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> Neoclassical Three-Level-Lesson, Beginner , Lesson By Marcus Lavendell
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Total Votes: 3
post Sep 28 2016, 04:01 PM
Post #1


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Original lesson: Neoclassical Three-Level-Lesson, Beginner by Marcus Lavendell

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Ben Higgins
post Oct 3 2016, 10:53 AM
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Hi man, this is a good attempt at this lesson but there's just a couple of things you need to work on to get it sounding the way it should.

When you perform a string bend, you are only using your middle finger. This means that you have less strength to apply to the bend and less control over it. What people do is to use their other fingers to add strength to the bend. For example, if you used your middle finger to fret a note, then you would add your index finger to the string as well. This means you would be bending with the combined power of two fingers, not just one.

Another example: If you bent a note with your pinky then you would also use the previous 3 fingers, giving you the combined power of 4 fingers on a bend!

There's some great bending lessons on GMC but this YT video gives a brief breakdown of the technique so you can apply to this lesson and others.

On the last note, you bent it out of pitch before adding vibrato. You want to add vibrato whilst the note is still held in pitch. I've got a lesson that really breaks the actions down https://www.guitarmasterclass.net/ls/Bens-Vibrato-Odyssey-5/

Your picking and hand synchronisation is good so if you work on the bending and vibrato you'll sound a lot more controlled!

This post has been edited by Ben Higgins: Oct 3 2016, 10:53 AM

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Gabriel Leopardi
post Oct 3 2016, 03:01 PM
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Hi mate, good job on this one!

Your tone and timing are good on this take and that makes the overall sound consistent. However I agree with Ben about your bending and vibrato techniques. And I believe that with a few tweaks you'll be able to make both techniques sound more consistent, and that will make the overall take sound much better.

Besides Ben videos that are essential for this, you can work on these two lessons:



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Darius Wave
post Oct 5 2016, 01:01 PM
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Hey there!

It's an excellent lesson with climax and perfect balance between neoclassical flavor and ease of playing. You did handle essential elements of it though...there are things to be fixed. Please keep in mind those advices refer to your overall playing and will take you to another level as fast as you would immediately stop doing things the "old way" and....even if nothing waorks perfect from the first moment, it will profit for anything you'll be doing next.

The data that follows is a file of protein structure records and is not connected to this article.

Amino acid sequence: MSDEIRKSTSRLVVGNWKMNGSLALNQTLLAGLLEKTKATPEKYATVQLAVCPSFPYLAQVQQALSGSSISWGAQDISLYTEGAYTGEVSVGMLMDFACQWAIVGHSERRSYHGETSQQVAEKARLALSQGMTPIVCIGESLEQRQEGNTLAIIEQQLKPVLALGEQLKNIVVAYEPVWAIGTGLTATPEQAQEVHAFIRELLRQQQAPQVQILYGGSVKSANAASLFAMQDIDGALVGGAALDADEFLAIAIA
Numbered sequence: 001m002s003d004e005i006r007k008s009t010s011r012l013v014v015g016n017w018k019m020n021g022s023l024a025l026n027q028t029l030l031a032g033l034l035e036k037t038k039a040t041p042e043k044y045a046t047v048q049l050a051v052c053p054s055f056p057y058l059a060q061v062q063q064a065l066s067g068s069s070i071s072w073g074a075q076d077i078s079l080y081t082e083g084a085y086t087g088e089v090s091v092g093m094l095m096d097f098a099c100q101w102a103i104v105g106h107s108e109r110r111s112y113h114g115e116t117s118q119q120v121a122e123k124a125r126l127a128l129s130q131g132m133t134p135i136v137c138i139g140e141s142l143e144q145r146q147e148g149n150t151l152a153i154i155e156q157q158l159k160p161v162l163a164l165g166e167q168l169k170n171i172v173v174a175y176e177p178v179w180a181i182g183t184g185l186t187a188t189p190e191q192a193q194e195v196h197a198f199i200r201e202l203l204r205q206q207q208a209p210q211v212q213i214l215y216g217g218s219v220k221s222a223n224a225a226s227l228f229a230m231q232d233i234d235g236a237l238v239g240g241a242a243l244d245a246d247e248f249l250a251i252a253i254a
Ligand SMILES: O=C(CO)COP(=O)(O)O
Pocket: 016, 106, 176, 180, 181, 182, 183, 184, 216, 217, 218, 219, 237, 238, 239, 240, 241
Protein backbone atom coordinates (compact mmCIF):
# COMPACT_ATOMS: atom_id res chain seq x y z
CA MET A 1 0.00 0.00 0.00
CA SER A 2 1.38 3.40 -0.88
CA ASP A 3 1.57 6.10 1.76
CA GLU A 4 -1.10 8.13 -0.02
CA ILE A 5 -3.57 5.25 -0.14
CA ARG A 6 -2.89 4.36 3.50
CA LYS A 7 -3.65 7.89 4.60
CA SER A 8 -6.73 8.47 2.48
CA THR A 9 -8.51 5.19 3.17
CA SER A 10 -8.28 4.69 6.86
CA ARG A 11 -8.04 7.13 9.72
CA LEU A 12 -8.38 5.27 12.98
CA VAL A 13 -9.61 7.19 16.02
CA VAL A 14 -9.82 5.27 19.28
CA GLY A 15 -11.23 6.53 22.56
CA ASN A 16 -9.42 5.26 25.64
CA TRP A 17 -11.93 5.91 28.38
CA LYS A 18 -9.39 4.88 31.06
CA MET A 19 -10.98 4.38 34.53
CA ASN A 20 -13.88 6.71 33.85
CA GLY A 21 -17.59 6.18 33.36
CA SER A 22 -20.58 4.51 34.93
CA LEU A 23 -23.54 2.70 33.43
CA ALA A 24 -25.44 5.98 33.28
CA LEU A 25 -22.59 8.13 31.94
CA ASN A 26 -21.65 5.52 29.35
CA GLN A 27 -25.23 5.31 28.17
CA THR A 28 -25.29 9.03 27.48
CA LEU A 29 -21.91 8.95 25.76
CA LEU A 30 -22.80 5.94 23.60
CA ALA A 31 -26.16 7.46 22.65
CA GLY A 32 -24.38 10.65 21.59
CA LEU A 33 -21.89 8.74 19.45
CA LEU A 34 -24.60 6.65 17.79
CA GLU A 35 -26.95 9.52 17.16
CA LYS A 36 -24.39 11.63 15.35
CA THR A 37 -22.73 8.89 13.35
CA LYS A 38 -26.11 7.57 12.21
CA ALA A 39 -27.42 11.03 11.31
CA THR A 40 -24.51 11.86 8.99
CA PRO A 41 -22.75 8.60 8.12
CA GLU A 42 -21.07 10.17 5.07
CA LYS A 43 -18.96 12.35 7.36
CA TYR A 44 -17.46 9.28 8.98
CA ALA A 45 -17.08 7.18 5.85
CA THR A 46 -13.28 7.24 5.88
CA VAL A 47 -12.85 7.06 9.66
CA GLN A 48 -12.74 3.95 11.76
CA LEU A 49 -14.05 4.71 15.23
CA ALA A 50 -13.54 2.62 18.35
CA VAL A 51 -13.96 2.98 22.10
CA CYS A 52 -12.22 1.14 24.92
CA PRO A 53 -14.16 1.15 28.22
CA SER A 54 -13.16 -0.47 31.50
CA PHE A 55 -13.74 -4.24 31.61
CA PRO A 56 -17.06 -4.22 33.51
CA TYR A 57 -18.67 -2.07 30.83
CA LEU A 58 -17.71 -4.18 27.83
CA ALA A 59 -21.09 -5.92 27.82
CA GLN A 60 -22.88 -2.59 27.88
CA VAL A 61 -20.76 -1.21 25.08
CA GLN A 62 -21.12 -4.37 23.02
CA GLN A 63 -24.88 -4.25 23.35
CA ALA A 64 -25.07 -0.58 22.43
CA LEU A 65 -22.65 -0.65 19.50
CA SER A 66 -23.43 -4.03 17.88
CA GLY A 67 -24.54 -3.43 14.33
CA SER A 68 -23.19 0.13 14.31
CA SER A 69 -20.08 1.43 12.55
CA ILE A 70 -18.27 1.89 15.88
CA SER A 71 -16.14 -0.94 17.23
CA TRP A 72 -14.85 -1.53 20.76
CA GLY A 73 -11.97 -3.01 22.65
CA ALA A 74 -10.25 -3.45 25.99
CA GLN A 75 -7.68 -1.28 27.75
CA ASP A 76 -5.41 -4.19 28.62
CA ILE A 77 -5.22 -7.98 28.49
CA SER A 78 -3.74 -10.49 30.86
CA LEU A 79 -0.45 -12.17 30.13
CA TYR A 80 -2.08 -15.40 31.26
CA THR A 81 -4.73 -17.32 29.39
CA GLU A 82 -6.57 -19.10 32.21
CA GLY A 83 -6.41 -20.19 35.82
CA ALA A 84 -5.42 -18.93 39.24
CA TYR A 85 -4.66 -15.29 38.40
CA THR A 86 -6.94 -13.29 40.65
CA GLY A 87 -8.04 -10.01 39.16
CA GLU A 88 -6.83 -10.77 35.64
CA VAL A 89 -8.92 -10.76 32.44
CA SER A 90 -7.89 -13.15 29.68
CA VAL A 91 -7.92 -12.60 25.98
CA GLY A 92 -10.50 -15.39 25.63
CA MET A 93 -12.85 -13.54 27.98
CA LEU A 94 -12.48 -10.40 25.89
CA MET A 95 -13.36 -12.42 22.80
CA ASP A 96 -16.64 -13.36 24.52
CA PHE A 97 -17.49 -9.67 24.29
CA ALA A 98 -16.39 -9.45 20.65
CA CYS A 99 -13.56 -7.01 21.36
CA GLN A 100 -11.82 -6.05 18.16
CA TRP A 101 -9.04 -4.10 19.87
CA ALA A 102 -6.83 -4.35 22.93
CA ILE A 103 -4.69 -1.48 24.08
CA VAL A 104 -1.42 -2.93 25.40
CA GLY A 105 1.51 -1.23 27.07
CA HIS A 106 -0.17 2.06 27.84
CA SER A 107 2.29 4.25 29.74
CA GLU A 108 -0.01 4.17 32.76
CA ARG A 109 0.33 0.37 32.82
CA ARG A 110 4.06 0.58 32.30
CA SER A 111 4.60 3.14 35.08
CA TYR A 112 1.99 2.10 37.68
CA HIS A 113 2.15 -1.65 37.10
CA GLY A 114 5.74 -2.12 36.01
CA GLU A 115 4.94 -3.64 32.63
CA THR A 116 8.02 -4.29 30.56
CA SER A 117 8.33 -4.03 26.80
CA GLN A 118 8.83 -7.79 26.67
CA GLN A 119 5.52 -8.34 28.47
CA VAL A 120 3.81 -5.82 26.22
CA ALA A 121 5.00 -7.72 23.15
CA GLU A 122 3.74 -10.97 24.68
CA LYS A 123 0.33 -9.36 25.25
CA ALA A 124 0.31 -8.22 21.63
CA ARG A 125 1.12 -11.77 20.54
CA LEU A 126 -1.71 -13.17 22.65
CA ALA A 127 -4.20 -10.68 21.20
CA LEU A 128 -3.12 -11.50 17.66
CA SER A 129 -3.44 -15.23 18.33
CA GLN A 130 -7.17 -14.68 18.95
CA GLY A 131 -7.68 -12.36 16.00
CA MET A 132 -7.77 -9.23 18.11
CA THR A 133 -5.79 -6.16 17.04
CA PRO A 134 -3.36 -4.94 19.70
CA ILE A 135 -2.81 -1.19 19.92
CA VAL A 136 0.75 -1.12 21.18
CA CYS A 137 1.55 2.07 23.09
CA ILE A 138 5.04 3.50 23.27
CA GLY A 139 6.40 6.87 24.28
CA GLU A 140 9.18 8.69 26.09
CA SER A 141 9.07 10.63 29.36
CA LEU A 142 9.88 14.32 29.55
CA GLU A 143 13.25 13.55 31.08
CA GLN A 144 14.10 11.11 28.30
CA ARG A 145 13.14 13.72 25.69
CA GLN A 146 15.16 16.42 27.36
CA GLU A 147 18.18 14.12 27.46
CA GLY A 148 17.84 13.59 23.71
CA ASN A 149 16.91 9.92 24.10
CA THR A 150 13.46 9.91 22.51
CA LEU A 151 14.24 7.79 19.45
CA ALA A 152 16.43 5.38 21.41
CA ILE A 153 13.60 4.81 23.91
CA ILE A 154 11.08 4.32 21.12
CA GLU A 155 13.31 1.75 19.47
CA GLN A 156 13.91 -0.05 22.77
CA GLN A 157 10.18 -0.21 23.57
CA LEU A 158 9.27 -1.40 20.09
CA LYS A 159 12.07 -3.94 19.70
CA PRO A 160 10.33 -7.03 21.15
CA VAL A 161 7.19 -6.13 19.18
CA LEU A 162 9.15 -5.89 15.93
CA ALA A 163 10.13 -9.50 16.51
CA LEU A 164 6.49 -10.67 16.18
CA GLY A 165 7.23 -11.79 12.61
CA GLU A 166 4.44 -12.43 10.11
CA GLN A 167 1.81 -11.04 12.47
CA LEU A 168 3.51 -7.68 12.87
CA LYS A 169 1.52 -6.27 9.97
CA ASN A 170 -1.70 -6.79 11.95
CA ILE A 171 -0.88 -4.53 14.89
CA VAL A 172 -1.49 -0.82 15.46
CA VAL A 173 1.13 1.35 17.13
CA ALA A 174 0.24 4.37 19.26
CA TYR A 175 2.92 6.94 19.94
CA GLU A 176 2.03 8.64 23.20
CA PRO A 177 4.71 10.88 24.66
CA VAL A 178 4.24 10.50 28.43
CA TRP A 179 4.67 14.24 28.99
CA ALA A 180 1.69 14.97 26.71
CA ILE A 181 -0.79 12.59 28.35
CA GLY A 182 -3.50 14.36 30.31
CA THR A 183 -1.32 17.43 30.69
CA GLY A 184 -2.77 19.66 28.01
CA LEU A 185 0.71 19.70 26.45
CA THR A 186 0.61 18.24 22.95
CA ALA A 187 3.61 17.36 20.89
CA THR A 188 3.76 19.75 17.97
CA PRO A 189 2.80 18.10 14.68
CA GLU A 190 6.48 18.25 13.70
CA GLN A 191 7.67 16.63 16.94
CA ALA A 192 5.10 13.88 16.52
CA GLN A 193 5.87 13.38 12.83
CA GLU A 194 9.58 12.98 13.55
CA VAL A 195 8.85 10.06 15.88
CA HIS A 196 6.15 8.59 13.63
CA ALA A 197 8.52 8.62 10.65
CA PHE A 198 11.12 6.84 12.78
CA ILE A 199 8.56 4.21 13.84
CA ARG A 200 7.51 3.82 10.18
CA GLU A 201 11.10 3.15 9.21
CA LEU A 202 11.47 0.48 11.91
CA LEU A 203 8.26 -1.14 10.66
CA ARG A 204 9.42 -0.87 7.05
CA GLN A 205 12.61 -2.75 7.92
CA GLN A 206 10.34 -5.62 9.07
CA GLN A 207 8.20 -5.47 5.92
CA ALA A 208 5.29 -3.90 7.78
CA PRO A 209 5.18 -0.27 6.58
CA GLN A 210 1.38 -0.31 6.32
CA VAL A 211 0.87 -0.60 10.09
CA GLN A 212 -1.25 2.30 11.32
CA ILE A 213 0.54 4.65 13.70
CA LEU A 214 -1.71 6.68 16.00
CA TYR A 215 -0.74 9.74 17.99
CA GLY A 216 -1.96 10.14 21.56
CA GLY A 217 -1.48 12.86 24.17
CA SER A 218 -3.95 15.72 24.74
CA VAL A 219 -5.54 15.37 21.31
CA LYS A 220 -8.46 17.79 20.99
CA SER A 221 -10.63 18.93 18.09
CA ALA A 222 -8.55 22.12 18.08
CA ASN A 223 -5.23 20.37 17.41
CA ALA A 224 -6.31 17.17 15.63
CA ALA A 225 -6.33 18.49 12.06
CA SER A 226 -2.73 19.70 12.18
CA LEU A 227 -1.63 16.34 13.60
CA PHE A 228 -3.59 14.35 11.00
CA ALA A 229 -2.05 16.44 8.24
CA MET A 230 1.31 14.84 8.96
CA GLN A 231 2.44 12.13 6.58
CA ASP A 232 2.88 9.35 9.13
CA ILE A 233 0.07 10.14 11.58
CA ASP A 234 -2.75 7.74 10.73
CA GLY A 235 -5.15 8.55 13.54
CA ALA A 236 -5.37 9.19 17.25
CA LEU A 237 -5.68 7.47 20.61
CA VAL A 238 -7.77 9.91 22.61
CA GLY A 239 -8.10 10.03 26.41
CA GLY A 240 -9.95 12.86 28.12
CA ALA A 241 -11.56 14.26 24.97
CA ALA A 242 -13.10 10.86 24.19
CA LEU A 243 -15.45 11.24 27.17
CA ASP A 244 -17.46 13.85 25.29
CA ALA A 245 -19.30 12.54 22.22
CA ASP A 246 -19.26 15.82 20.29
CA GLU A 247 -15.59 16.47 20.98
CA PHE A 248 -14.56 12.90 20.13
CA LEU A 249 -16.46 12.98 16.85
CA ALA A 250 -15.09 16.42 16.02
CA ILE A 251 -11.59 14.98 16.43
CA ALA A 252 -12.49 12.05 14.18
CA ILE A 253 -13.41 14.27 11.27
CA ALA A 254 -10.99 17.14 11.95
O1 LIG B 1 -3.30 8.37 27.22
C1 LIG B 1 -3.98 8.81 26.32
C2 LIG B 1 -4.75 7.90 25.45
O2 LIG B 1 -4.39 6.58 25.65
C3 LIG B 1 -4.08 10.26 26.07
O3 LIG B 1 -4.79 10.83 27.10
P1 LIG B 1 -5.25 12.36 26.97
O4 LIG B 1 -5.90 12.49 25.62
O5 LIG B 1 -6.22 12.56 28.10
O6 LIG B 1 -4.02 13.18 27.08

1. Tuning - you guitar seems to be a little out of pitch. Guitars are not perfect tune-wise. Sometimes it takes time of retuning, rechecking on frets and restretching strings, before the instrument is ready for recording. Tuner quality = tuner tolerance as well, so it's worth making a godo expense on a descent tuner. sometimes tuning open strings only is not enought - try to recheck on frets and make a compromise to make both - open string and fretted notes be as close to perfect pitch as possible

2. Muting job - there is not much of it in your take. Unfortunately playing on distortion (the higher the harder) makes us have to think not only about the note to be executed, but also about everything that happens with other strings. Distortion pulls out even very little, natural vibration of the string, even if you haven't hit it at all. It affects overall method of hand shaping and resting points.
Your currect shaping is rather for a clean tone or classical guitar playing. We can notice some random notes cutting through the mix, while you hit proper notes. You need to start working on this seriously because there is no chance to "hide" or run from if your keep your hand the way they are at the moment.
Here's a detailed explanation on how to make it work

3. Watch a few bending lessons. Notice that players do make bends with support of all other left hand fingers available - not just with the one that you put on the fret. It make things a lot easier strength-wise, and a lot more controlable pitch-wise

4. Single coil pickups vs distortion. The noise and hum you get are natural for the amount of distortion you use, and the type of pickups you have. Strat kind of guitars with Single Coils are very versatile instruments for many genres but to use them with that much of distortion, you would need to consider replacing them with noiseless Single Coils. Worth considering because you'll tru strat tone while getting rid of nasty hum. Other solution is just taking away as much gain as possible, to make the hum level acceptable. Players like Malmsteen and Jeff Beck do use noiseless pickups in their signature Fender guitars.

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post Oct 5 2016, 08:02 PM
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